European researchers investigated the effects of a supplement containing pumpkin seed extract on the symptoms of BPH. Marketed by Frutarom Health under the name Go-Less Men, the supplement is derived from the defatted pumpkin seeds of Cucurbita pepo L. ssp. pepo var. styriaca and manufactured using a water-ethanolic extraction solvent and a proprietary decontamination procedure (EFLA Hyperpure). The oil-free pumpkin seed extract is said to contain a unique combination of cucurbitin and polyphenols.
Led by urologist Dr. Martin Leibbrand, the study involved 60 men with moderate or severe symptomatic BPH who were asked to take 500 mg of the pumpkin seed extract every day for three months. At the end of the study, the researchers reported that 35.7 percent of the participants experienced improvements in their symptoms from moderate or severe to mild.
The supplement also reduced nocturia and post-void residual urine volume. The latter is a symptom of urinary retention or the inability to completely empty the bladder, which is associated with prostate enlargement.
Frutarom Health product manager Moran Werner Saido said that most cases of BPH with mild to moderate symptoms are only monitored through annual checkups but not actively treated.
"During this phase, the use of phytotherapeutics, such as pumpkin seeds extract to support bladder function, may be opportune," Saido said.
Zinc is a crucial mineral that supports normal prostate function. In fact, a healthy prostate has the highest level of zinc in the body.
Pumpkin seeds are rich in zinc. One cup provides almost half the recommended daily allowance (RDA). Although more studies are needed to solidify the connection, making pumpkin seeds a regular part of your diet may help keep your zinc levels optimal, thereby helping your prostate function normally. (Related: Guys: raise your testosterone levels naturally by eating more pumpkin seeds.)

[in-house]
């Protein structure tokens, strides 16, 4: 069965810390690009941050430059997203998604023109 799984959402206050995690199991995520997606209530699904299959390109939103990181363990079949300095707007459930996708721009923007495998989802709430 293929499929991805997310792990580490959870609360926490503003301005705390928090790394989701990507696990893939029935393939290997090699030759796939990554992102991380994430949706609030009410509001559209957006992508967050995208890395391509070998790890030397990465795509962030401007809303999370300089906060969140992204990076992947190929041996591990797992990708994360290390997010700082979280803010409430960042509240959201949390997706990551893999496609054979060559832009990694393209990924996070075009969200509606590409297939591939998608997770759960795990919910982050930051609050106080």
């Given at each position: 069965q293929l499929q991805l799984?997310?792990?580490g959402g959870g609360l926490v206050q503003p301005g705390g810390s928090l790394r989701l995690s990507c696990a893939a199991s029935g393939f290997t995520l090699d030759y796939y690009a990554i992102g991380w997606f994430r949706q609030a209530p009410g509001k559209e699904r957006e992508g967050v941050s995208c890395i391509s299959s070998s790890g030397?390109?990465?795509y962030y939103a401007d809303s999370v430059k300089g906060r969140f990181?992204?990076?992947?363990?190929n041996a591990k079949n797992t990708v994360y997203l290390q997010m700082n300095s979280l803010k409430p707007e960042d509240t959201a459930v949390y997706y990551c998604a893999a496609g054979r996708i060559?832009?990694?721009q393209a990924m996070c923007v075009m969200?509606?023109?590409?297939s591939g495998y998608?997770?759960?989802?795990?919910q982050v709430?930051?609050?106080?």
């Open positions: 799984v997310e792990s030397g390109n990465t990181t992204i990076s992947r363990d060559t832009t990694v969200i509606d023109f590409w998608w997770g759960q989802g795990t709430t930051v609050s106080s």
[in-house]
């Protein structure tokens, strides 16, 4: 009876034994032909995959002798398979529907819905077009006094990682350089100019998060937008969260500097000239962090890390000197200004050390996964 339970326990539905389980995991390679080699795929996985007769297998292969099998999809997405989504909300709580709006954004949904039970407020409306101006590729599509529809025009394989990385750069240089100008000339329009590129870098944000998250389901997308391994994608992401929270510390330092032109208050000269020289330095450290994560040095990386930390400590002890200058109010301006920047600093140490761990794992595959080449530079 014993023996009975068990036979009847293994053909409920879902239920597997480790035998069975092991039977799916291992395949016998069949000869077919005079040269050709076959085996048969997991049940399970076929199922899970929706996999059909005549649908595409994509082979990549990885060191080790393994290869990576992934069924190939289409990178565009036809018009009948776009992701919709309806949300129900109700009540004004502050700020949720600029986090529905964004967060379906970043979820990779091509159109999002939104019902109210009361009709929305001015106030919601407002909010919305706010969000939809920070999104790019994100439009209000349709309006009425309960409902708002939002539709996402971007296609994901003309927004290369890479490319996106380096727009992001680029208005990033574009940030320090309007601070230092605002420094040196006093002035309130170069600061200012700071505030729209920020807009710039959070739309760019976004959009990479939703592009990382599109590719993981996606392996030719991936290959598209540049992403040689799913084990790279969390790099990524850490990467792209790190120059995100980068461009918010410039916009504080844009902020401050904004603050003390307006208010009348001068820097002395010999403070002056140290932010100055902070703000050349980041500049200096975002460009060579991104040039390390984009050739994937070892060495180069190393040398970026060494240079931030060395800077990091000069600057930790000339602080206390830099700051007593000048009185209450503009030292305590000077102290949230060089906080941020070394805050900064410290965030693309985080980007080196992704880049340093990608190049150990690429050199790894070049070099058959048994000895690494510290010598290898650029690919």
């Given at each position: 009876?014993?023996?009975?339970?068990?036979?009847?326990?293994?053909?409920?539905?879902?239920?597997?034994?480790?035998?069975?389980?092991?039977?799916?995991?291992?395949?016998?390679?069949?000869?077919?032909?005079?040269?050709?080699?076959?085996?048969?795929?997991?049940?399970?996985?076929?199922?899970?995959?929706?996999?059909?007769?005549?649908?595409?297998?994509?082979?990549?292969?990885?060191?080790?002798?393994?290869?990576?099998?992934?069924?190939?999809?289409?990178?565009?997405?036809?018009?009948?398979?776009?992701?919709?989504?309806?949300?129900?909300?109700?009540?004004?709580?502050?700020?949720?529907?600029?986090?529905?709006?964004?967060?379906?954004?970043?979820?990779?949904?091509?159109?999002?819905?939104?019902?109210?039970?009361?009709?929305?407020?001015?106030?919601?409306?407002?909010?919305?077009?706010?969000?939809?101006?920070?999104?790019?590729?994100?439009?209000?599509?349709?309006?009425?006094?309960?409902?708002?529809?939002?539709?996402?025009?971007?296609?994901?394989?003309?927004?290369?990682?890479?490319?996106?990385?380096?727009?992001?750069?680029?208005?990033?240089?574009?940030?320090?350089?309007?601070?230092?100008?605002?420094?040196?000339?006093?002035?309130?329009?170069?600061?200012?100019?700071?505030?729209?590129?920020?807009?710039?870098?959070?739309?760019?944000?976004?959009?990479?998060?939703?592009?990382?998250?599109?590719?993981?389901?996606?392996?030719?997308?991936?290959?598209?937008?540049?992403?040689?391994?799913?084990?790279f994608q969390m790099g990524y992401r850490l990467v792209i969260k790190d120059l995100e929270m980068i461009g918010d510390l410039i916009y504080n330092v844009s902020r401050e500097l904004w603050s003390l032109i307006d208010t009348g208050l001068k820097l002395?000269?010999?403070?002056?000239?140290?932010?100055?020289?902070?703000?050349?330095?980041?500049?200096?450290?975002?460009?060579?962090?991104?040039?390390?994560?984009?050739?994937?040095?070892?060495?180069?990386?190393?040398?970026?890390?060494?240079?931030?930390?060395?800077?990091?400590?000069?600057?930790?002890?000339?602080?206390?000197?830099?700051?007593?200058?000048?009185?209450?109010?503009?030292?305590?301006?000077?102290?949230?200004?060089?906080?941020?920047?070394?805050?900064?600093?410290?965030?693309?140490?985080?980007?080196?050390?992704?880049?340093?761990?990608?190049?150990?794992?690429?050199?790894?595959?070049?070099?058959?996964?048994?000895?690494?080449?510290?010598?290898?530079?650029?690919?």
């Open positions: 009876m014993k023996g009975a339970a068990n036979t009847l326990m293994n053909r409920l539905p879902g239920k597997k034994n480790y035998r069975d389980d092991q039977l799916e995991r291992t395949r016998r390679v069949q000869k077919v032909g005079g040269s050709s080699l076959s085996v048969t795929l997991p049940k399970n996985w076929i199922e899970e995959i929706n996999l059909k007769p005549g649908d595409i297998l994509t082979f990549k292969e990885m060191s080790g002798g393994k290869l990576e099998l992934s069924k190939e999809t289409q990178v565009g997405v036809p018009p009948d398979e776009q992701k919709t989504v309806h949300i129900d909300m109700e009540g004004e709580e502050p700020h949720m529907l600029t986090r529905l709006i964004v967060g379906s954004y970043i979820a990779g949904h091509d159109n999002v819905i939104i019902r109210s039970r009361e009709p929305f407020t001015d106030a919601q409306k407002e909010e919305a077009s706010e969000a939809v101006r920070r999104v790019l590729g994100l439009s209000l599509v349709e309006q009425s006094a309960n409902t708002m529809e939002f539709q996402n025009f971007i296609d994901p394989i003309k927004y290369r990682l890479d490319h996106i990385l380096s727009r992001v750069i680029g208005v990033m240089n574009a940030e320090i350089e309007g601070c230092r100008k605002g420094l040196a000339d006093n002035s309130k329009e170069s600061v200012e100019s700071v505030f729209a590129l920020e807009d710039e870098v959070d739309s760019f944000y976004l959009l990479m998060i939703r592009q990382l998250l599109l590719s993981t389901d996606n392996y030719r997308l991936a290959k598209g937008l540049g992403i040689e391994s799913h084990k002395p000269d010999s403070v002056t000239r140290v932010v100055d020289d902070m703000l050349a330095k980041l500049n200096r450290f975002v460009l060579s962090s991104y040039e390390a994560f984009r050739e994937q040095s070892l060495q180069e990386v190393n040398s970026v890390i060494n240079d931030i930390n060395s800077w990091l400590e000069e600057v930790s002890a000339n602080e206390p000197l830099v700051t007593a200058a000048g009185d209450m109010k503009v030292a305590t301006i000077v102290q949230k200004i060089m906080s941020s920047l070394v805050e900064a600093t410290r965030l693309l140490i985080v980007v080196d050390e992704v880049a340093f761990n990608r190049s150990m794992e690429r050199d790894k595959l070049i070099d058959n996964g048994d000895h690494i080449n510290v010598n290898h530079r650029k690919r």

BPH is a common age-related condition that affects half of men between the ages of 51 and 60, and up to 90 percent of men aged 80 and above.
As the prostate enlarges, it presses against the urethra. The bladder wall becomes thicker, making the urethra narrower. The bladder may weaken over time and lose the ability to empty itself fully (urinary retention), which can adversely affect the quality of life.
As its name suggests, BPH is not cancerous, but it is possible for it to develop alongside prostate cancer.
While you can eat healthful foods every day, to maintain a healthy prostate, you also need to avoid or limit your intake of the following:
Visit MensHealth.news to learn more about natural ways to address issues such as BPH.